Macaskill on markets: Disruption, valuation and banking
JPMorgan wants to have fun being a disruptor, but persistently low valuations for even the strongest banks limit its options.
Jeremy Barnum, JPMorgan’s new chief financial officer, cut a relaxed figure on his first quarterly earnings call on July 13. The numbers were strong, as they usually are for JPMorgan.
A record quarter for investment banking fees – and a number one global ranking – helped to balance a 30% year-on-year fall in markets revenue from a record quarter last year when central banks revived sentiment after the worst of the pandemic.
Confidence is up, which prompted the release of $3 billion of credit reserves and helped JPMorgan to report a profit of almost $12 billion, up by $7.3 billion on the same quarter in 2020.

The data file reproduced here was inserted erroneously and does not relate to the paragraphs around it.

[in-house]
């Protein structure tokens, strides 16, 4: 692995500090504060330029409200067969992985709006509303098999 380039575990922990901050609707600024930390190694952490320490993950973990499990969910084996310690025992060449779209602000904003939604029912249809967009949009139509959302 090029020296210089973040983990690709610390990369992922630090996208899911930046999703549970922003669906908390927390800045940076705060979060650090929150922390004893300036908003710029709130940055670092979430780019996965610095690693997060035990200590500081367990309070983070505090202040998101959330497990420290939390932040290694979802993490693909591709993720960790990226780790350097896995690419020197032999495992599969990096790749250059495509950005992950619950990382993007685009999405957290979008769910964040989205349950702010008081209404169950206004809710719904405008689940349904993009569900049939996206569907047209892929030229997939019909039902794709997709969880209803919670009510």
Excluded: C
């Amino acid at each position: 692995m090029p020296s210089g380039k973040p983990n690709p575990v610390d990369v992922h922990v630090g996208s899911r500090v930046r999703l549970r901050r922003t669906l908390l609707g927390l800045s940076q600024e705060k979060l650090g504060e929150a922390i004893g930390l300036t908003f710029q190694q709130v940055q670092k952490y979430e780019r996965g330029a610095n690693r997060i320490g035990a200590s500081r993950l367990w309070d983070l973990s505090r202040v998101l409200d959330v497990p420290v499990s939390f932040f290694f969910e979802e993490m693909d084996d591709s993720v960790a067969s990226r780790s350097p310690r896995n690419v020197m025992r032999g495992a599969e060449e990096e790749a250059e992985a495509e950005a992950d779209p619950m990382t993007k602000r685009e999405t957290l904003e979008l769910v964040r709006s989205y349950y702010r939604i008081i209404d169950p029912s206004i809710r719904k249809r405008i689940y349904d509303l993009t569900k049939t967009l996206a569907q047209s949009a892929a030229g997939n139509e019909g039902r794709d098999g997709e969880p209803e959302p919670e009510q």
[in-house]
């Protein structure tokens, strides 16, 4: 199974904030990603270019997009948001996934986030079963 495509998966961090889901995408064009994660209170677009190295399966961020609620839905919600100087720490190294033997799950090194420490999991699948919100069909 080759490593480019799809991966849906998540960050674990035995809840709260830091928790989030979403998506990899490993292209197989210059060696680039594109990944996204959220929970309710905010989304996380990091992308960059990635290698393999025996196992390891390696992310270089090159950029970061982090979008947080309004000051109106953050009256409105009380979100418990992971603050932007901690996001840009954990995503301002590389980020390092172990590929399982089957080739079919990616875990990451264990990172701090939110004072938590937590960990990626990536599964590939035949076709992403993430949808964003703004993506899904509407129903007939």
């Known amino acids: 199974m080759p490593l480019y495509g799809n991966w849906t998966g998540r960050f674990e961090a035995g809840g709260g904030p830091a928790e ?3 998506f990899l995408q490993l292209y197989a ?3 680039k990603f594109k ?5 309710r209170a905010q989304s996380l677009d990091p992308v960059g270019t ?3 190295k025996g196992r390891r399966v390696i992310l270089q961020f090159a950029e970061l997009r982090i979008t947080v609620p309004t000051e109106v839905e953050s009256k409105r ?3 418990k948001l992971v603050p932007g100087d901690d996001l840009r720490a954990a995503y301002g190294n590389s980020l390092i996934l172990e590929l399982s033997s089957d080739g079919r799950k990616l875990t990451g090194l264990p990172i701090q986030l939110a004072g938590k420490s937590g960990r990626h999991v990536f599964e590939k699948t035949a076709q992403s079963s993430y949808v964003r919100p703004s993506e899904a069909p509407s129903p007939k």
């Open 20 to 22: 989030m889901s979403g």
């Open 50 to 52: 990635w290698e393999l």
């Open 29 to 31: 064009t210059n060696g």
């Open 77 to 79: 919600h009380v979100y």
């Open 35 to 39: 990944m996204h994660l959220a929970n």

There was nothing much to discuss in the numbers, so analysts asked Barnum and his boss Jamie Dimon whether a series of relatively small recent acquisitions are part of a strategic master plan. Barnum noted that one theme linking moves by JPMorgan to expand in retail banking in countries like the UK and Brazil is that market share can be pursued digitally.
“It’s kind of fun to be the disruptor,” Barnum said. He may have been pining for his days as an innovator in credit derivatives trading at the start of his career or simply admitting boredom with the business of keeping the banking supertanker that is JPMorgan on course.